Por último, todas las partes tienen un contrato y como resultado de HUD que satisface las necesidades de la carta de los prestamistas de la demanda. El último paso del proceso es enviar el HUD final que mostrará todos los pagos finales con la carta de demanda al negociador para demostrar que todas las condiciones se han cumplido. El Negociador envía su aprobación final, se registra la escritura, y ahora el comprador está listo para su nuevo hogar.
Suena complicado, que puede ser. No he tenido la suerte de tener a cada paso sin problemas. Todo el mundo parece tener al menos un fallo importante y algunos otros menores. Es por eso que usted necesita a alguien que esté dispuesto a trabajar el sistema, sea considerado de todos los actores en el proceso altamente emocional, y ser lo suficientemente flexible para mantener el negocio en movimiento. Nadie gana cuando la compra no se ha completado.


Llámame si tienes alguna pregunta o comentario sobre el proceso de venta corta. Todo el mundo que hago es una nueva experiencia de aprendizaje. Déjame ayudarte a través de este período como su representante. Llámame al para obtener información sobre la compra o venta de su casa.
 


When will we return to a normal real estate market?


Defining what a normal real estate market is a challange for anyone! Real estate is local and impacted by global events. So for this discussion, I just want to look at what is happening to residential real estate on a US wide basis and focusing on distressed property. The first thing we need to do is to look at some definitions of the types of loans we are going to be facing on distressed properties. In this case we have ALT-A, subprime, prime, option arms, agency  (fannie mae and freddie mac) mortgages.

An Alt-A loan is not really a loan type. Alt-A is a a way lenders have of grading or categorizing a loan. For many lenders, Alt-A would be synonymous with A-minus. The definition of an Alt-A loan is somewhat fuzzy, however. A-minus has traditionally been used to designate borrowers whose credit scores are somewhat below those of A grade borrowers, typically under 680 (credit scores range between 300 and 850). The traditional definition of Alt-A has been loans that have less than full documentation, also referred to as low doc/no doc loans.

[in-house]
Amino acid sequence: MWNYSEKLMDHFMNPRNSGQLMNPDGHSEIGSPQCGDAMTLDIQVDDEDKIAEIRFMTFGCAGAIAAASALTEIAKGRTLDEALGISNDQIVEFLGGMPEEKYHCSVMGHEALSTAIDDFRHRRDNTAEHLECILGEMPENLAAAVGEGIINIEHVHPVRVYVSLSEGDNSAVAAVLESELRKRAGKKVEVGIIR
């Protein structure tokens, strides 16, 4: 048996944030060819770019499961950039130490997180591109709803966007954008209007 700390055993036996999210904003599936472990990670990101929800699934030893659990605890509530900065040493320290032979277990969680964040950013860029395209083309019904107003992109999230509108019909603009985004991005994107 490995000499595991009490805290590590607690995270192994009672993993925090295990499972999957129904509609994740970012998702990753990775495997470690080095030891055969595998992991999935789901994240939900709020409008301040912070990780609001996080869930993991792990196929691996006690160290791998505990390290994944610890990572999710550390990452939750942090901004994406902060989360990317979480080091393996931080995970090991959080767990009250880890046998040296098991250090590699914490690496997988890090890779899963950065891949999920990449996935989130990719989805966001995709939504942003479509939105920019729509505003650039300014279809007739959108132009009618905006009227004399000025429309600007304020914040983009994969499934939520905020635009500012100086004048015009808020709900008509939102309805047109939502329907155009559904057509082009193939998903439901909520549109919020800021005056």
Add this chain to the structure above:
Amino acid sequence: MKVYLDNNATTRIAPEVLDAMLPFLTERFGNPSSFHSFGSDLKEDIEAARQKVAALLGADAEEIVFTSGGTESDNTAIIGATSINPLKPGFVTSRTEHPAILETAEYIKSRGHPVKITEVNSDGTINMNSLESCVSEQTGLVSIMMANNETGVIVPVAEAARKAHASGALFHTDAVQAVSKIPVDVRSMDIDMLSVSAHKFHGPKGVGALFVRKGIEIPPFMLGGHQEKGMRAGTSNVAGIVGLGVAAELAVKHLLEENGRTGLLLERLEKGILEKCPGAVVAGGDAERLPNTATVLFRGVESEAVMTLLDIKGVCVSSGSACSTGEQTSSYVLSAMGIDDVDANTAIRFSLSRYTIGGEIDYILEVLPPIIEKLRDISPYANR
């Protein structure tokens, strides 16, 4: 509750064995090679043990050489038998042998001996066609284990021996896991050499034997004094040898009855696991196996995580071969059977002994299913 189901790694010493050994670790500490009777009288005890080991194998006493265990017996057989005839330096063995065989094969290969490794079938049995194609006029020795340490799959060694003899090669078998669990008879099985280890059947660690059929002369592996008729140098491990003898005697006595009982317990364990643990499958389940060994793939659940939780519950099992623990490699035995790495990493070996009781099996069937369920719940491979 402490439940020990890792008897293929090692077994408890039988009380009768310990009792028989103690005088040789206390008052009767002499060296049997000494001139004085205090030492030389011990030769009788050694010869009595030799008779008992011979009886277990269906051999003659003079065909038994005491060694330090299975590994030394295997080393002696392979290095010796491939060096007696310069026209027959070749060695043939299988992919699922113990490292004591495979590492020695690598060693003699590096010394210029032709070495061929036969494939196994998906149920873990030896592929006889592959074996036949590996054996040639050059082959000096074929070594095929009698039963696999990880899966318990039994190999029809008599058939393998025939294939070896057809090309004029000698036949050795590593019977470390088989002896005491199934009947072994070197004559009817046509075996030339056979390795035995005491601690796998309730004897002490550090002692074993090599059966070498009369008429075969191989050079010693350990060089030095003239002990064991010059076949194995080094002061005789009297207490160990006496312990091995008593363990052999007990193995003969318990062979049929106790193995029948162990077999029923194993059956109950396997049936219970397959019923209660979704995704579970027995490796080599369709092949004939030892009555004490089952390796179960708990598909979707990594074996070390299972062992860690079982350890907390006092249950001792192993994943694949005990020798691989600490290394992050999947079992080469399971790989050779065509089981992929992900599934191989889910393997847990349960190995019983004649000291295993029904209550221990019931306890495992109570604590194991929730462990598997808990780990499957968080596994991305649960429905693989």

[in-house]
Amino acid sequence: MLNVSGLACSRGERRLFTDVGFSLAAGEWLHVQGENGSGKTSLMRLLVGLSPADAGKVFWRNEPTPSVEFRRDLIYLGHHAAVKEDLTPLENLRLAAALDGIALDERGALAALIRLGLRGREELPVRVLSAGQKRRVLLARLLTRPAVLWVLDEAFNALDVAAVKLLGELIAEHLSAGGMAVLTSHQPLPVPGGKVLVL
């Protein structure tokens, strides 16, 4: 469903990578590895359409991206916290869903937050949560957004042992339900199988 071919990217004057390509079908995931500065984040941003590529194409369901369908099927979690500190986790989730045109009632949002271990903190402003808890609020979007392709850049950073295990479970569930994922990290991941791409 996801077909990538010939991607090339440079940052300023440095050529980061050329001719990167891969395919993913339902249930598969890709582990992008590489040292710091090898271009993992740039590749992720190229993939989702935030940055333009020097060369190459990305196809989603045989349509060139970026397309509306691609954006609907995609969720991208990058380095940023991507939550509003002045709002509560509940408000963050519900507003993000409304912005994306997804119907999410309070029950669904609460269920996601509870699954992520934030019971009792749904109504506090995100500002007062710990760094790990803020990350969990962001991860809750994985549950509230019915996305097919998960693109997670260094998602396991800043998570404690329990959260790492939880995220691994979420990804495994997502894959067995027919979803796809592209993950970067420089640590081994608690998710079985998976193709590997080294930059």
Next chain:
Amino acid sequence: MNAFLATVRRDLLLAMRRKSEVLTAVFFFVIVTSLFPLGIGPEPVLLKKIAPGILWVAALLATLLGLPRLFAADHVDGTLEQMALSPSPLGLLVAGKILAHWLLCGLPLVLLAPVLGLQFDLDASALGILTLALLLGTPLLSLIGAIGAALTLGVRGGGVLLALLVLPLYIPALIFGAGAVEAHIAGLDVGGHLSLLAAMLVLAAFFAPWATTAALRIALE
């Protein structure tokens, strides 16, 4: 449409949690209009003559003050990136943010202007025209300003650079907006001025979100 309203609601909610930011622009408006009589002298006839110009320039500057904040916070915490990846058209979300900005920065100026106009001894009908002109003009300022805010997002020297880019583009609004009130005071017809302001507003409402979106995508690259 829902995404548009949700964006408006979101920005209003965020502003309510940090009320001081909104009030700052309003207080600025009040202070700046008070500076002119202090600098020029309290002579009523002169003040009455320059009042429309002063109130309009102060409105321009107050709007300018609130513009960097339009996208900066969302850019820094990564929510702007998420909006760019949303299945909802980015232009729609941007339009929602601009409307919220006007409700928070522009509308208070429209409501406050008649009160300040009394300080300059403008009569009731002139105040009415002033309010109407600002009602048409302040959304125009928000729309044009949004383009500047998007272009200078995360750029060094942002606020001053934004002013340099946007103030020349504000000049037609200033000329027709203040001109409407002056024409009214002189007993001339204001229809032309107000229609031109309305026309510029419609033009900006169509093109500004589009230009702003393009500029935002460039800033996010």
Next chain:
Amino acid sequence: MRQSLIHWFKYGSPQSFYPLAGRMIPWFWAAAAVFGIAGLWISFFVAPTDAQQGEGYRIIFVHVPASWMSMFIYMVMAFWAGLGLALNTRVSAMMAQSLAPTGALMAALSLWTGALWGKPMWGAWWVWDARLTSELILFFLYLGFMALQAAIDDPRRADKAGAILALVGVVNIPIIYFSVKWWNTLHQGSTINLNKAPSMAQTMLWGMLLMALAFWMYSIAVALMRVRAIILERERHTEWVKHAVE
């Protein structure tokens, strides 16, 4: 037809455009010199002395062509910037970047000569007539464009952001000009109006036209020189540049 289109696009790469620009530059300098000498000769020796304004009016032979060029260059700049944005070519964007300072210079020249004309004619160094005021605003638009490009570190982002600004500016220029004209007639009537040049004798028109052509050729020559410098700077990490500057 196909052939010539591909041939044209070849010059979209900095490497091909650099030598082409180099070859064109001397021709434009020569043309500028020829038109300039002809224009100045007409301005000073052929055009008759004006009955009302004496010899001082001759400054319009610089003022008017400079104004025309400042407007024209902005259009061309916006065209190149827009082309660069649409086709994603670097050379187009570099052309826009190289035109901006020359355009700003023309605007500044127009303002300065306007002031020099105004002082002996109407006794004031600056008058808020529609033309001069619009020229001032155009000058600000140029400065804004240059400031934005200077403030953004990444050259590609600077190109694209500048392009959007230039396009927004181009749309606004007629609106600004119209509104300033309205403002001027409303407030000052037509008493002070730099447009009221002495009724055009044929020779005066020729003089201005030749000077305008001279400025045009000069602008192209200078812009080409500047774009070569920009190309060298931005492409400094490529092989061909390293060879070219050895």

The two definitions have morphed together somewhat. Alt-A has also come to mean loans with other "transgressions" such as not meeting standard underwriting guidelines for property type, debt ratio or loan-to-value ratio, as well as documentation requirements.

What does all of the mean to the borrower? It is important for the borrower to understand that they and the loan they are applying for has a grade. The best place to be is "A". "A" means the the borrower's credit score is very good and the deal is straight forward without anything out of the ordinary. "A" loans get the most advantageous interest rates and terms.

The next best place for a borrower to be is in the Alt-A/A-minus category. This means that the borrower's credit score is not quite where it should be, or they are not fully documenting their application, or there is something a little out of the ordinary with the deal. Borrowers in this category will pay slightly higher interest rates and have somewhat more stringent qualification criteria. While these borrowers will get somewhat less than the "best deal", they will fare far better than individuals in the sub-prime categories (typically credit scores of less than 580). The credit scores used in these definitions are not exact, they change with each lender to some degree.  

When we look at a chart from Credit Susse showing the need for new mortgages which implies more foreclosures  (it was generated in 2007). It is easy to see that the distressed property problem is going to continue until some time around 2014 or even later. The subprime loan problem we have heard so much about is past its peak now and will lessen significantly in 2010.